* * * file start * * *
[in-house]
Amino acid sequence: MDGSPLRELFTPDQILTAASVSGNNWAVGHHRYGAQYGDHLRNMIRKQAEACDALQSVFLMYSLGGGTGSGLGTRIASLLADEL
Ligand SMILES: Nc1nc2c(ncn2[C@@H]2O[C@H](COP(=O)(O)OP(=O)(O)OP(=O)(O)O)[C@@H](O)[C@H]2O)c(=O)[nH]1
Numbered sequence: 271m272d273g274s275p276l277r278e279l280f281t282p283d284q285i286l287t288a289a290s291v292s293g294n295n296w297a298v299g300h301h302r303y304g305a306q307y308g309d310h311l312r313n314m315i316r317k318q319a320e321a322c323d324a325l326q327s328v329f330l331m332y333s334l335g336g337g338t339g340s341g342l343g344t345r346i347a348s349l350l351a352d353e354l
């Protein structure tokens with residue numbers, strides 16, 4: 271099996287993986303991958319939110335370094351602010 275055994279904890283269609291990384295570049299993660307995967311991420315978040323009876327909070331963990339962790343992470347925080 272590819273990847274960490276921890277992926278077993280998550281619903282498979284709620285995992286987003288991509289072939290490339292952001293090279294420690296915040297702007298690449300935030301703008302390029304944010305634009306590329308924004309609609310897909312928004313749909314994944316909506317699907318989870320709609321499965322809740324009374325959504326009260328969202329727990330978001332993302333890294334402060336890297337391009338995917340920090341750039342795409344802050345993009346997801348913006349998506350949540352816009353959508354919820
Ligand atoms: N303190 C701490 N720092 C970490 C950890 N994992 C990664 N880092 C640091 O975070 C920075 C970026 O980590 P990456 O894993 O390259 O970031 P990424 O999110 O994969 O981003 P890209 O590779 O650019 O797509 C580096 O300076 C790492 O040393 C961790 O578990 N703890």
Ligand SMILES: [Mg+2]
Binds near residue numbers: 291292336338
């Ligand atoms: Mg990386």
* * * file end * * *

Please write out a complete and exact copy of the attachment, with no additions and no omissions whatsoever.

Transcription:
[in-house]
Amino acid sequence: MDGSPLRELFTPDQILTAASVSGNNWAVGHHRYGAQYGDHLRNMIRKQAEACDALQSVFLMYSLGGGTGSGLGTRIASLLADEL
Ligand SMILES: Nc1nc2c(ncn2[C@@H]2O[C@H](COP(=O)(O)OP(=O)(O)OP(=O)(O)O)[C@@H](O)[C@H]2O)c(=O)[nH]1
Numbered sequence: 271m272d273g274s275p276l277r278e279l280f281t282p283d284q285i286l287t288a289a290s291v292s293g294n295n296w297a298v299g300h301h302r303y304g305a306q307y308g309d310h311l312r313n314m315i316r317k318q319a320e321a322c323d324a325l326q327s328v329f330l331m332y333s334l335g336g337g338t339g340s341g342l343g344t345r346i347a348s349l350l351a352d353e354l
């Protein structure tokens with residue numbers, strides 16, 4: 271099996287993986303991958319939110335370094351602010 275055994279904890283269609291990384295570049299993660307995967311991420315978040323009876327909070331963990339962790343992470347925080 272590819273990847274960490276921890277992926278077993280998550281619903282498979284709620285995992286987003288991509289072939290490339292952001293090279294420690296915040297702007298690449300935030301703008302390029304944010305634009306590329308924004309609609310897909312928004313749909314994944316909506317699907318989870320709609321499965322809740324009374325959504326009260328969202329727990330978001332993302333890294334402060336890297337391009338995917340920090341750039342795409344802050345993009346997801348913006349998506350949540352816009353959508354919820
Ligand atoms: N303190 C701490 N720092 C970490 C950890 N994992 C990664 N880092 C640091 O975070 C920075 C970026 O980590 P990456 O894993 O390259 O970031 P990424 O999110 O994969 O981003 P890209 O590779 O650019 O797509 C580096 O300076 C790492 O040393 C961790 O578990 N703890």
Ligand SMILES: [Mg+2]
Binds near residue numbers: 291292336338
């Ligand atoms: Mg990386």